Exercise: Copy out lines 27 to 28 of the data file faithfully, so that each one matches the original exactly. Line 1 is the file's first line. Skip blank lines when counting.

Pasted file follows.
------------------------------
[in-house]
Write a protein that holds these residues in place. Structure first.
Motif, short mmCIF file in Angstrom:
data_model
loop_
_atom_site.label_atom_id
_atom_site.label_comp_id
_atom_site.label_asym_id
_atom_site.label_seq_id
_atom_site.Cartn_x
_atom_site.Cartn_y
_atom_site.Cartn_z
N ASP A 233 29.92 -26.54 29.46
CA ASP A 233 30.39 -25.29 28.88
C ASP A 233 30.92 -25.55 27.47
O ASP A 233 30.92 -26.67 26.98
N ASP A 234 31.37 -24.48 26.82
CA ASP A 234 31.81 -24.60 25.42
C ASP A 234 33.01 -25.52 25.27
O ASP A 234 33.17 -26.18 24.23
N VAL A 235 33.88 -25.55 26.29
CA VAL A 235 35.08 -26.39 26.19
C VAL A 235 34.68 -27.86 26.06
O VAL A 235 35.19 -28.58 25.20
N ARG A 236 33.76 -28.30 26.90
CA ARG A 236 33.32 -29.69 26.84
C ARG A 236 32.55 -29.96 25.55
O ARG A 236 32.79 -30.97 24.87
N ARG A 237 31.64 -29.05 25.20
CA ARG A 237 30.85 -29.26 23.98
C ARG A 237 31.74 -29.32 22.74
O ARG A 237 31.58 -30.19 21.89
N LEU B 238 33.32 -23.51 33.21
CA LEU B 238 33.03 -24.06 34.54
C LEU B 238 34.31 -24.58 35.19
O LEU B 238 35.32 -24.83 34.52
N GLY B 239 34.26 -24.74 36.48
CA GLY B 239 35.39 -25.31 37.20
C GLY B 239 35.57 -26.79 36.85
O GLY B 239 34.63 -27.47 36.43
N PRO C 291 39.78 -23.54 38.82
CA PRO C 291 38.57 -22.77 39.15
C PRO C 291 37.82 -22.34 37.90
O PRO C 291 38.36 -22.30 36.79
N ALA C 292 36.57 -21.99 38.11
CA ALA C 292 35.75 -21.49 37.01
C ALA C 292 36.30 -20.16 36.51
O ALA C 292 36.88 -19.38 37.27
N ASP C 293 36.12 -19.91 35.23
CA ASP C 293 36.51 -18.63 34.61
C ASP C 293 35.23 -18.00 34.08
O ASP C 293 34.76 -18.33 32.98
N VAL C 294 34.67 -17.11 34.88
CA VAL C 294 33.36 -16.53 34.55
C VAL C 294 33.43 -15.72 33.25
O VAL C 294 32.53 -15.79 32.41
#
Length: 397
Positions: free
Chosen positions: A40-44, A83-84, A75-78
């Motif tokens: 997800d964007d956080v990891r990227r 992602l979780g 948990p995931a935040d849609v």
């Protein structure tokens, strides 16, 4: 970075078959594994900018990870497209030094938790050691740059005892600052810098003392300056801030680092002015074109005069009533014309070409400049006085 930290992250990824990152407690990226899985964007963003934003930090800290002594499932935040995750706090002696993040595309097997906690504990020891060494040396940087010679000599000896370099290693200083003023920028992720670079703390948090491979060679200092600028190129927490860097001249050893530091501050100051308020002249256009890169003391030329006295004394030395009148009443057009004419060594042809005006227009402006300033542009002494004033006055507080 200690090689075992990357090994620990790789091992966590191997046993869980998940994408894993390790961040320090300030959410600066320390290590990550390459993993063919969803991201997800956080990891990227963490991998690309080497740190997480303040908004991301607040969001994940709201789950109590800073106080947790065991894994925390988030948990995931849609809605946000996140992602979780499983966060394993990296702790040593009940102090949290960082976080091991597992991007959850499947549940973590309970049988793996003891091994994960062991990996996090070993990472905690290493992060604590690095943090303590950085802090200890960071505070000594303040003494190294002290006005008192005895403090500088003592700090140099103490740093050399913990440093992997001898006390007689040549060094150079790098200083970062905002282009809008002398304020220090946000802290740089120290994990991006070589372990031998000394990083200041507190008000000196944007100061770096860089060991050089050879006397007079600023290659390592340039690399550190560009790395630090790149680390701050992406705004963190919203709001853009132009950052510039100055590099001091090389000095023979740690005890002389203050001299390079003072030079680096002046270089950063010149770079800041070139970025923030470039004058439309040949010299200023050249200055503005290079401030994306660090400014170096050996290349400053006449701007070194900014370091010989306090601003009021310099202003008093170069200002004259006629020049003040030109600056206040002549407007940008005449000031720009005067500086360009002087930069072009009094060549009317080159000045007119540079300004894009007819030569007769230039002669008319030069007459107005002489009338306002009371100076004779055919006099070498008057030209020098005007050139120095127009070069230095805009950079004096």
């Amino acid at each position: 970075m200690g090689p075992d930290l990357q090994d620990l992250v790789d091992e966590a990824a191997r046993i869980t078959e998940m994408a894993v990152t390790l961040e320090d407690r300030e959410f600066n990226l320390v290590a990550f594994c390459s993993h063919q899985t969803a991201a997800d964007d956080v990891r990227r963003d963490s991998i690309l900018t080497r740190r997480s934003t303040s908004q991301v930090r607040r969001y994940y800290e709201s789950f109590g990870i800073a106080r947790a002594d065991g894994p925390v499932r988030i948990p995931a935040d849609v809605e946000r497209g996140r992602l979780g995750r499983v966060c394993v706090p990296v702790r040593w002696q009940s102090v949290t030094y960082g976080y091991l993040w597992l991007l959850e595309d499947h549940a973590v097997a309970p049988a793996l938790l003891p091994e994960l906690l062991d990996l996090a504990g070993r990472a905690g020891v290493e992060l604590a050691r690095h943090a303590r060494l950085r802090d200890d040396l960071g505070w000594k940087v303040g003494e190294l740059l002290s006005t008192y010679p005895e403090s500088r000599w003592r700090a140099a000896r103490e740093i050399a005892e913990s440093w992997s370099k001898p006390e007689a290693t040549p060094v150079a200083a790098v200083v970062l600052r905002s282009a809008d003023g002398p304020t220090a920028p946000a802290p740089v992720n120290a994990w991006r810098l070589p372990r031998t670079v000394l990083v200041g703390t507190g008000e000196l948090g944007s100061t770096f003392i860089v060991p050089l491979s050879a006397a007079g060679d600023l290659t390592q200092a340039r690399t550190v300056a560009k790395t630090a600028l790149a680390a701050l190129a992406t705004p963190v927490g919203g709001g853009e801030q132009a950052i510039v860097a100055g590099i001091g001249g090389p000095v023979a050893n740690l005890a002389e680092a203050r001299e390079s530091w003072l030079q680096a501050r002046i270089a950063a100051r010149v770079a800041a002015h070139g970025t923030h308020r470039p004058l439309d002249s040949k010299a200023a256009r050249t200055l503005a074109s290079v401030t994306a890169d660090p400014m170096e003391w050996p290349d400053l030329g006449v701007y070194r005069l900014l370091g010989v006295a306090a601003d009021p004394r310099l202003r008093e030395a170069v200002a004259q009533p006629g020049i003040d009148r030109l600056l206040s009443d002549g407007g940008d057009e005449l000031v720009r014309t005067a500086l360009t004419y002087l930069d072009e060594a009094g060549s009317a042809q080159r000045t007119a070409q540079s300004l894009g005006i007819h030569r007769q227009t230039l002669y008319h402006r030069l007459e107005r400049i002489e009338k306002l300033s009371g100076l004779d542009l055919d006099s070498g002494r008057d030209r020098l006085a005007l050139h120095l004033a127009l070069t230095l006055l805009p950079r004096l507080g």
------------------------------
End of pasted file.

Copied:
C ARG A 236 32.55 -29.96 25.55
O ARG A 236 32.79 -30.97 24.87